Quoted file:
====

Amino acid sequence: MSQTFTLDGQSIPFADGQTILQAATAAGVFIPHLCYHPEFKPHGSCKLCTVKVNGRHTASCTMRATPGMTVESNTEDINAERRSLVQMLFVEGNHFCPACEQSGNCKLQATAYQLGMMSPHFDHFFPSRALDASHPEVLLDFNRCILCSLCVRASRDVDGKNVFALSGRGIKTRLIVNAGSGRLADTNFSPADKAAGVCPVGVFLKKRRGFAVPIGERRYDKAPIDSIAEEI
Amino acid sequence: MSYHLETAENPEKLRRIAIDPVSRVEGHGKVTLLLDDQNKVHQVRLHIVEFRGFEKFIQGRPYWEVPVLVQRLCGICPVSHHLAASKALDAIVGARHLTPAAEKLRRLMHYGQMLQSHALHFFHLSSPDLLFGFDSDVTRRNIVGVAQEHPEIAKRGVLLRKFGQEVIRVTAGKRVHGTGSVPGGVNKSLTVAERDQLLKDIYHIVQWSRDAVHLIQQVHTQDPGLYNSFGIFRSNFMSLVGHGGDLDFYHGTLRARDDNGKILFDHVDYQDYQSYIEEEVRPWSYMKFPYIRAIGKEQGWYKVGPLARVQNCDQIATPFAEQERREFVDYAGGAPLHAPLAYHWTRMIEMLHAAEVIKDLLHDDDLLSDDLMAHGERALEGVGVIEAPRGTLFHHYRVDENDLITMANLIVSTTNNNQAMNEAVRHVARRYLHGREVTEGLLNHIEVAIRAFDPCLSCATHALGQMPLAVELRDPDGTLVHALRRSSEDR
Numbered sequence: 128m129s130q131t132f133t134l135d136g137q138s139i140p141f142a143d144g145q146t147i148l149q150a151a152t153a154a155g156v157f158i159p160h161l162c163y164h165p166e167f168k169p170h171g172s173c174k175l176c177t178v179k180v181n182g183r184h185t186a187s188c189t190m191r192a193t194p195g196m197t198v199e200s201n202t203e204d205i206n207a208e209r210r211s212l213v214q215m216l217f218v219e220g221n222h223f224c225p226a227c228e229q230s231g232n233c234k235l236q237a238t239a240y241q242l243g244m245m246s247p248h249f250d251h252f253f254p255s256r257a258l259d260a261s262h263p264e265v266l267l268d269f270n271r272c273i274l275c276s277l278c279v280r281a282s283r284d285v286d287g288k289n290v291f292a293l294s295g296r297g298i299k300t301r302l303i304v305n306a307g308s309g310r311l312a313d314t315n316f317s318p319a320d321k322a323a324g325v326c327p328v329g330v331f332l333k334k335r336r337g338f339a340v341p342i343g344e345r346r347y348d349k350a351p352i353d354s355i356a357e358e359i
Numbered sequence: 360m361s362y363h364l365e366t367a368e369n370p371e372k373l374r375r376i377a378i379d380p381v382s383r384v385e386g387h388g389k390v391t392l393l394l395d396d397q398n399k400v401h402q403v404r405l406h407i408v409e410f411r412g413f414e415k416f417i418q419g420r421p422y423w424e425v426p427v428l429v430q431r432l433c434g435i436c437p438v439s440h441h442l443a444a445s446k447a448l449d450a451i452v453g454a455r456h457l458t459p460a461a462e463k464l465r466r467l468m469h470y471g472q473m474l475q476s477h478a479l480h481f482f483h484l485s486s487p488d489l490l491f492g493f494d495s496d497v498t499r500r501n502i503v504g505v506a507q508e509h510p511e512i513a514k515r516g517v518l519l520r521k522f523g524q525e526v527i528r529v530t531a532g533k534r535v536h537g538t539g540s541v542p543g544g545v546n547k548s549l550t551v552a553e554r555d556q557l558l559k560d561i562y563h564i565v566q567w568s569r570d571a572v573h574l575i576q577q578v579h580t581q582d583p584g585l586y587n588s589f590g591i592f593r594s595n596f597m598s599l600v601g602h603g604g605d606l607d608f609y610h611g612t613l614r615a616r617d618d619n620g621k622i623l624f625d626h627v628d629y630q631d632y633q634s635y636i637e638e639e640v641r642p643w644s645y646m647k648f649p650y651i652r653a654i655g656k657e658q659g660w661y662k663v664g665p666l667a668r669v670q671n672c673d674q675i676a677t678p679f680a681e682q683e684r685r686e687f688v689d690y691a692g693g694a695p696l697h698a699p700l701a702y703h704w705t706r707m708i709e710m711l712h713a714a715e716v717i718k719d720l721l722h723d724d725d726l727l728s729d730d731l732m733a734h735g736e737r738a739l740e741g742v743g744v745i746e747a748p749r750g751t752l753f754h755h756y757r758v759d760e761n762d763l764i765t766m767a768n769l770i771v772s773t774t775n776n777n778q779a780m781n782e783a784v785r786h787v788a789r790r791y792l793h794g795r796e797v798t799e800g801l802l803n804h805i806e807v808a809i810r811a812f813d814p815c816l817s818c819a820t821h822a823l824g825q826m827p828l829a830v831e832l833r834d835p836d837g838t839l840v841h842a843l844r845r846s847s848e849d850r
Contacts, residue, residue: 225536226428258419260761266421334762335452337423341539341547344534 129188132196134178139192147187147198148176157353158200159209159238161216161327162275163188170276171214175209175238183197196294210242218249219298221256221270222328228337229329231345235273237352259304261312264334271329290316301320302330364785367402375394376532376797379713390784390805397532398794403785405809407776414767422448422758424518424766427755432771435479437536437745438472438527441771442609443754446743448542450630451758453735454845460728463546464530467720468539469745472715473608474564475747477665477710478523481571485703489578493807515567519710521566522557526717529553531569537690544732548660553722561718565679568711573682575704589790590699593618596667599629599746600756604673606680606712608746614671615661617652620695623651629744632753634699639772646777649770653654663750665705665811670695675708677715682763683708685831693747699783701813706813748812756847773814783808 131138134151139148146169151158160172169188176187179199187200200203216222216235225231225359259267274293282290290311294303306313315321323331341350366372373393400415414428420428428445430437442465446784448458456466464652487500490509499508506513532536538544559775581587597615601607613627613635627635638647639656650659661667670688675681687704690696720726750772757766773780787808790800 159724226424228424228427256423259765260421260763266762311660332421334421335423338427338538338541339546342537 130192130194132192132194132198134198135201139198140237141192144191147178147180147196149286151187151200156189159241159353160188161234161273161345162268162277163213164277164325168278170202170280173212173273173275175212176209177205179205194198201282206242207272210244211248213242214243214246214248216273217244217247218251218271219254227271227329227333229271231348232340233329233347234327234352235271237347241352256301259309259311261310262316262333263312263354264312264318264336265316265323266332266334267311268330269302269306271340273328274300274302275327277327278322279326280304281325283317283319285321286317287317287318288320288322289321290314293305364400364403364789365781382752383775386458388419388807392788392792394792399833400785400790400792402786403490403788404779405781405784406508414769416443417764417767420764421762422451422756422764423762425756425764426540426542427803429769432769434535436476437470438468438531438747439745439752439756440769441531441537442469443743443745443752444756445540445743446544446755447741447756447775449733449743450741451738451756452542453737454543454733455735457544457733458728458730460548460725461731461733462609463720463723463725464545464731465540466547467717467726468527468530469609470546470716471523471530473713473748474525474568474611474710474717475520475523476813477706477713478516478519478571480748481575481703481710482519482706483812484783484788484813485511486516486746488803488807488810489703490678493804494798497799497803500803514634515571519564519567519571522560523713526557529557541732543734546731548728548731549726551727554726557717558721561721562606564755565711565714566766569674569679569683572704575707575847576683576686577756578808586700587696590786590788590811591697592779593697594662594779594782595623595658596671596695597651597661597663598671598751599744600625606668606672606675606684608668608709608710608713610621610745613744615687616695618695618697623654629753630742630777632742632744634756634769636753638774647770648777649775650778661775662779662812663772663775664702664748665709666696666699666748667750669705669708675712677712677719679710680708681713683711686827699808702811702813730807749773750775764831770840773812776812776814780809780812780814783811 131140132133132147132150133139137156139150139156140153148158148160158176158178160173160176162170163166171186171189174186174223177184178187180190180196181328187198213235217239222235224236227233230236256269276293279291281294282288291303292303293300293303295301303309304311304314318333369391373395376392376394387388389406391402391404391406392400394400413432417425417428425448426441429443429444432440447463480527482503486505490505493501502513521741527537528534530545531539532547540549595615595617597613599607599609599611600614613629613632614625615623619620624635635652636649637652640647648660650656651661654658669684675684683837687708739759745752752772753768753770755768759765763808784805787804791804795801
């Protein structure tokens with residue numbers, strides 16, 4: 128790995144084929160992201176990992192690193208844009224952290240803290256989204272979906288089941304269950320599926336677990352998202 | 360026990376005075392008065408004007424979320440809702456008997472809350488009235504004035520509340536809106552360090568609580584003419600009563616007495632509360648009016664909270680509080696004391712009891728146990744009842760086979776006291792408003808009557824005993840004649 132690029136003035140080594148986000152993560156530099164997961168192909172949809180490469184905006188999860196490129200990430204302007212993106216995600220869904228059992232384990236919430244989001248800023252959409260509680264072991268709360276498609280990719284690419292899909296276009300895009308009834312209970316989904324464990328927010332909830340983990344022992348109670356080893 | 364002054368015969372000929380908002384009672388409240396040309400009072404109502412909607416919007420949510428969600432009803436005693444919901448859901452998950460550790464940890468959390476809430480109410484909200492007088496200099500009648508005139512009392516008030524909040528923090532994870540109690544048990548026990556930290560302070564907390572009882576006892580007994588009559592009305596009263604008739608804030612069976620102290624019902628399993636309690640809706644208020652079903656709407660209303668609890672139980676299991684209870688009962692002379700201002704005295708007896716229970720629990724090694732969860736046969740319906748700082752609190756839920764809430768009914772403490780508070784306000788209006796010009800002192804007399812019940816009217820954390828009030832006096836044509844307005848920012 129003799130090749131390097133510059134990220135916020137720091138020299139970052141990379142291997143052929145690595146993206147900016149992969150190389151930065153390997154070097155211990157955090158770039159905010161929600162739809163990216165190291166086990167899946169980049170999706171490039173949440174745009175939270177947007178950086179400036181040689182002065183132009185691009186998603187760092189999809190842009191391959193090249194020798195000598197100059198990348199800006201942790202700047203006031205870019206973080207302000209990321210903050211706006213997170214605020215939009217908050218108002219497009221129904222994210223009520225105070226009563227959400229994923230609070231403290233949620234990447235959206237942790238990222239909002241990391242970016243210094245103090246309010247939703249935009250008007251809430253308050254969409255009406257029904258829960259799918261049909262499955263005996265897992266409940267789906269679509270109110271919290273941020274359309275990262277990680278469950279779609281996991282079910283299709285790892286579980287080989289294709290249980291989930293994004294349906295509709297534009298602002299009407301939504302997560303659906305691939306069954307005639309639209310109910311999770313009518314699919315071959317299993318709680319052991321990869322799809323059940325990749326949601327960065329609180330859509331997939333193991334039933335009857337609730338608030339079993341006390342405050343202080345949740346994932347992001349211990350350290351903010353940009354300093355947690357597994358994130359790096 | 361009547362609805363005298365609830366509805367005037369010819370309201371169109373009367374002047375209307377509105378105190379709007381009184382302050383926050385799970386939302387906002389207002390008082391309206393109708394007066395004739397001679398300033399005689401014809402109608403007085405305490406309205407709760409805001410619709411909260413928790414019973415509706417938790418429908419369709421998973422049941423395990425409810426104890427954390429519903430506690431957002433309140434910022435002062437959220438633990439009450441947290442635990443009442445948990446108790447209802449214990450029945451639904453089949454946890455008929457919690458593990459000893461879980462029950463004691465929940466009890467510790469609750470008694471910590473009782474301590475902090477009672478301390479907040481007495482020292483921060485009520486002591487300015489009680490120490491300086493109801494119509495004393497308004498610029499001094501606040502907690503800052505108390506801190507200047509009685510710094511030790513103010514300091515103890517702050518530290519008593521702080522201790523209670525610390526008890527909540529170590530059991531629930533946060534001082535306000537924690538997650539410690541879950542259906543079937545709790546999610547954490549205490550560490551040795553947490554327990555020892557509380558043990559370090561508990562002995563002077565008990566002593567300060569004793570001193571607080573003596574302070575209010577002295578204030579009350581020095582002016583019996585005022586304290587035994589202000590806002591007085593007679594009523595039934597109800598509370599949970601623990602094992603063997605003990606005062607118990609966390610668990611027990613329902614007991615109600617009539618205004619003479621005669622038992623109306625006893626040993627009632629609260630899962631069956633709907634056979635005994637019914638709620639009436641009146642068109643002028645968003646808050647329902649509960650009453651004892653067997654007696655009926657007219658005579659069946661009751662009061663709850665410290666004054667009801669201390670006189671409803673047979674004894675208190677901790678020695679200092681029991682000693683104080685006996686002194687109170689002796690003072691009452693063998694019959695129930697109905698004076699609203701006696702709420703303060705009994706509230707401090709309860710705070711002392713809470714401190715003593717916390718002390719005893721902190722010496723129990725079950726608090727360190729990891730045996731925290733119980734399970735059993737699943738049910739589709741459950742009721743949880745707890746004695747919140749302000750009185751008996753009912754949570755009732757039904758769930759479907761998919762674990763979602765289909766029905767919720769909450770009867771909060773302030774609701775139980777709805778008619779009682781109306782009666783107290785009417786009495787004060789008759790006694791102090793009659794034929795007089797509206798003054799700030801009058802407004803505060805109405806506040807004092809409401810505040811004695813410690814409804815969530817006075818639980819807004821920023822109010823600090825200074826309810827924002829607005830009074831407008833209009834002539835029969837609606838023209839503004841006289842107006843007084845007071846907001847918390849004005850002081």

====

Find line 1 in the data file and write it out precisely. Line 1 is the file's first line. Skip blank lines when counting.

Amino acid sequence: MSQTFTLDGQSIPFADGQTILQAATAAGVFIPHLCYHPEFKPHGSCKLCTVKVNGRHTASCTMRATPGMTVESNTEDINAERRSLVQMLFVEGNHFCPACEQSGNCKLQATAYQLGMMSPHFDHFFPSRALDASHPEVLLDFNRCILCSLCVRASRDVDGKNVFALSGRGIKTRLIVNAGSGRLADTNFSPADKAAGVCPVGVFLKKRRGFAVPIGERRYDKAPIDSIAEEI